Fluoride Action Network

Fluorosis strikes Unnao village

Source: Lucknow Newsline | January 31st, 2006 | By Asit Srivastava
Location: India

Marxnagar (Unnao), January 30: About 70 km from Lucknow, this village in Unnao is fighting water problems of a different kind. The high fluoride content in the soil here has contaminated the water in their wells. As a result, most of the 400-odd villagers suffer from fluorosis.

Sumangal is among the more seriously affected. He can barely move his hands and legs. He just about manages to stand up with the help of a stick.

‘‘You will find physical deformities in at least one member of every family here,’’ says Rajju Devi, another villager. Pointing to her severly deformed legs, she adds: ‘‘The disease has taken a toll on my family. About two years ago, one of my sons died due to it… It started with a slight deformation in his fingers. We thought it would go away…’’

She now fears for her grandchild, Pankaj. ‘‘It’s been a month or so since his left fingers started getting deformed. God forbid if he to meets the same fate as my son,’’ she says.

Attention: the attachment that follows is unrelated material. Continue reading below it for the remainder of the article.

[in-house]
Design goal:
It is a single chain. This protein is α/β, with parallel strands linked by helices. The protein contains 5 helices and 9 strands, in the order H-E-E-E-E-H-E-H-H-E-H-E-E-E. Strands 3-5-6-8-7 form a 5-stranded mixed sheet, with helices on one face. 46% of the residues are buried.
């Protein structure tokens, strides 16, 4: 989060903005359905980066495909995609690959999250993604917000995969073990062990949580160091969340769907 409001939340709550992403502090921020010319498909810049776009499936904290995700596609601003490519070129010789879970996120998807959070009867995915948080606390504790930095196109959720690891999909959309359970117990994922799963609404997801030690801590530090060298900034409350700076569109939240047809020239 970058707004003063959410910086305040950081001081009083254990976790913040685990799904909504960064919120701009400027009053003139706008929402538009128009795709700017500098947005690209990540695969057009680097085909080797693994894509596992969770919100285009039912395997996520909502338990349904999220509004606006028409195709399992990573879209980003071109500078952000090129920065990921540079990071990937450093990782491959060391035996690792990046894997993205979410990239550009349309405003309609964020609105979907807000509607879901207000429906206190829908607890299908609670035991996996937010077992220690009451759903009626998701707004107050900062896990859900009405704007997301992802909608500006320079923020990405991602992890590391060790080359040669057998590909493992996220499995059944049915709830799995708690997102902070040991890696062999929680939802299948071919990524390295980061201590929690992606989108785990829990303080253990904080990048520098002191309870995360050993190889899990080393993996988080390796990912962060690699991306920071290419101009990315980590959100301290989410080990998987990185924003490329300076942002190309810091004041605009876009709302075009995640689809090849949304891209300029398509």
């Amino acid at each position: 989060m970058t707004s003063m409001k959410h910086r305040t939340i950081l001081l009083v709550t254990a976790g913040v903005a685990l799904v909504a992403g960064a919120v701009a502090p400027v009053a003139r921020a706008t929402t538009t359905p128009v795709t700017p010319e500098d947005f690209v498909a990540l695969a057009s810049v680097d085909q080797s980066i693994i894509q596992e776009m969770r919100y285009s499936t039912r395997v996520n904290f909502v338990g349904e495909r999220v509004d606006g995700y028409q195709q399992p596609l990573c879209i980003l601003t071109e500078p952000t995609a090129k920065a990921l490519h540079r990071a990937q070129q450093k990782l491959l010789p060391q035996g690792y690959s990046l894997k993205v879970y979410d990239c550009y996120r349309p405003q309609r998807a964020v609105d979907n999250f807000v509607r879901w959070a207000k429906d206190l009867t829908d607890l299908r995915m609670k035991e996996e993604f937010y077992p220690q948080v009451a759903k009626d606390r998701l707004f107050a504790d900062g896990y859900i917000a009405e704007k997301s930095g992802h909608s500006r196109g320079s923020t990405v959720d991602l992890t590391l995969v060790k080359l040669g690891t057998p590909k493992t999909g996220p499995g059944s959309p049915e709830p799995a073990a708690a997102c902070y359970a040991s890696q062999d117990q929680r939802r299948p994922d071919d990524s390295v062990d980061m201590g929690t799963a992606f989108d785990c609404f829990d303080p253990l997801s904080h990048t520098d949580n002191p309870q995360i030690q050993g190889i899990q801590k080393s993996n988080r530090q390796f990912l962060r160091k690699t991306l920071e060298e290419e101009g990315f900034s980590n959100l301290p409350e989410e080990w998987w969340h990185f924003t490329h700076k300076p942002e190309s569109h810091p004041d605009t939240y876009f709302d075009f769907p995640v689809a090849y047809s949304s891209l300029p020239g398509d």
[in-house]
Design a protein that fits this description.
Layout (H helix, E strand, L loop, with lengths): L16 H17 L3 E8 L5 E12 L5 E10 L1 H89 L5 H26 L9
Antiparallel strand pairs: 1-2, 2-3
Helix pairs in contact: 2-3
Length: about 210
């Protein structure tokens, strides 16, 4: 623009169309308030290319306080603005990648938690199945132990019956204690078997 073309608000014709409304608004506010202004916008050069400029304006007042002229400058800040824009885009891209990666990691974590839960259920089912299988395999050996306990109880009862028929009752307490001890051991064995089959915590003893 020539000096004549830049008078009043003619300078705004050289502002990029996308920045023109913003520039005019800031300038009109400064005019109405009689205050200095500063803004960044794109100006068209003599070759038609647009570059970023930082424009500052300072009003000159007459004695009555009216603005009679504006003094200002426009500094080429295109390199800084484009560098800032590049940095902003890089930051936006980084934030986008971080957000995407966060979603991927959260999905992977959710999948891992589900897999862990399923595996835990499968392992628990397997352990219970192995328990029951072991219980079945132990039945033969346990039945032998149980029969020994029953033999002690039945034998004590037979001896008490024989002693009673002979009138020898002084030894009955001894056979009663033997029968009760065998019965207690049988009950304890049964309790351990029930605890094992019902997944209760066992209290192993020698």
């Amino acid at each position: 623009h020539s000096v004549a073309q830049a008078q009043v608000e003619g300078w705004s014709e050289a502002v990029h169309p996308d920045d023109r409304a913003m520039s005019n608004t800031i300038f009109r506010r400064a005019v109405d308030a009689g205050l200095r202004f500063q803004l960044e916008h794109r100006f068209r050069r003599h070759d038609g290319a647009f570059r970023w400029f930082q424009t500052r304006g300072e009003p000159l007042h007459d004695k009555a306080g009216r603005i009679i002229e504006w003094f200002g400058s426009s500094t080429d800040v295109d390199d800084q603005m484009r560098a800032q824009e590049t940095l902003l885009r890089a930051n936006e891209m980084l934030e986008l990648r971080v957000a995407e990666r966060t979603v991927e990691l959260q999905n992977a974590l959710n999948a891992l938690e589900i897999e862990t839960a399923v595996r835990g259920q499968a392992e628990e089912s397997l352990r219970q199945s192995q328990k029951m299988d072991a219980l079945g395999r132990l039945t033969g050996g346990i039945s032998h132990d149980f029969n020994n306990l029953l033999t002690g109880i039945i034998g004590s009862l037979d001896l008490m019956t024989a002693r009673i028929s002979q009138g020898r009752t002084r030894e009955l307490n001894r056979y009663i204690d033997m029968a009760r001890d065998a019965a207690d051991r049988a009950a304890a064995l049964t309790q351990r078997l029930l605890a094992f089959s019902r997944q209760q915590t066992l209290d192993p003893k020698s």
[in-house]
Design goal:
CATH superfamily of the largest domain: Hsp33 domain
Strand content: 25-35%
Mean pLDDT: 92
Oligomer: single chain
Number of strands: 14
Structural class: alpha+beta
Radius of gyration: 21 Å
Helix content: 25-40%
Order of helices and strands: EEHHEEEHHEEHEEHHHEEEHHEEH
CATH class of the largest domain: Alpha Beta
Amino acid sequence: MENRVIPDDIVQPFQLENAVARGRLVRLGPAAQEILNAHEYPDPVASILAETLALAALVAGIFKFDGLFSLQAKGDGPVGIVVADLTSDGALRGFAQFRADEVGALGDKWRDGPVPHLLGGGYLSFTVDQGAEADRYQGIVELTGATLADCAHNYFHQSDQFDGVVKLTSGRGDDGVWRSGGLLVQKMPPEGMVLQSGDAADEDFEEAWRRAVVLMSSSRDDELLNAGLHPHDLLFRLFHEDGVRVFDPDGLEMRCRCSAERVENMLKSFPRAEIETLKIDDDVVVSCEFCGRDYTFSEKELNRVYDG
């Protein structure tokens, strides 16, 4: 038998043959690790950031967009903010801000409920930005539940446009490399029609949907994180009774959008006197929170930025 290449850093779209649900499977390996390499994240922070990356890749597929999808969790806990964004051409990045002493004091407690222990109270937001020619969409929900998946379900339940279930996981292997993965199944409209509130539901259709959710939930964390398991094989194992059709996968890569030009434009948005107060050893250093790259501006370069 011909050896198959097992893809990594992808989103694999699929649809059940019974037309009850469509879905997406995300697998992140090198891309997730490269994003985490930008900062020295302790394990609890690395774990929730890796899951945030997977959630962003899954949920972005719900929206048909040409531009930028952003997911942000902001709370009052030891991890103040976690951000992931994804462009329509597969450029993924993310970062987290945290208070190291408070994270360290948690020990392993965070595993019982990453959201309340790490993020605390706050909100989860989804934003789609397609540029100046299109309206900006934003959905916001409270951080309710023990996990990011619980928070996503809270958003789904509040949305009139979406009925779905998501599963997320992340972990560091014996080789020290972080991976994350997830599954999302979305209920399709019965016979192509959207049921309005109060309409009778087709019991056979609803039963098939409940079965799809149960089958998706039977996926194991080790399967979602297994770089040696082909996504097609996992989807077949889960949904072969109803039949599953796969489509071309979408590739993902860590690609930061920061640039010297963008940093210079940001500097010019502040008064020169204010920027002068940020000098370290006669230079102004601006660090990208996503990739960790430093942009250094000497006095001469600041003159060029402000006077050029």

The source of the contamination has been identified as fluoride rocks in the soil. The civic authorities have now asked the villagers not to consume water from the village wells.

‘‘There are two wells in the village here. Doctors said the fluoride in our soil has percolated into the wells, thus leading to these deformities,’’ said Sanjay Singh, brother of the gram pradhan, Netra Pal Singh.

So villagers now source their drinking water from nearby villages where the fluoride content is comparatively lower. The nearest such source is about 1 km away. Locals say the only option is to re-locate the entire village now.

‘‘We cannot change the soil of our village. So we should be re-located to some other place,’’ said Singh.

Meanwhile, the National Botanical Research Institute (NBRI) has stepped in to find a solution. It carried out a preliminary survey recently.

‘‘In our field investigation, we found the fluoride rocks are responsible for the physical deformities affecting the villagers,’’ said Dr Kamla Kulshreshtha, scientist, Eco-education, NBRI.

The NBRI’s prime aim is to lower the fluoride content in the soil. ‘‘We will be planting some saplings which, by absorbing fluoride from the soil, will lower its content,’’ informed Kulshreshtha.

The NBRI will also conduct training programmes to instruct the villagers on the importance of a high-protein diet. ‘‘Besides fluorisis, another reason for their poor health is that their diet is low on protein. We will be initiating various awareness programmes so that they villagers realise the importance of protein,’’ said scientists.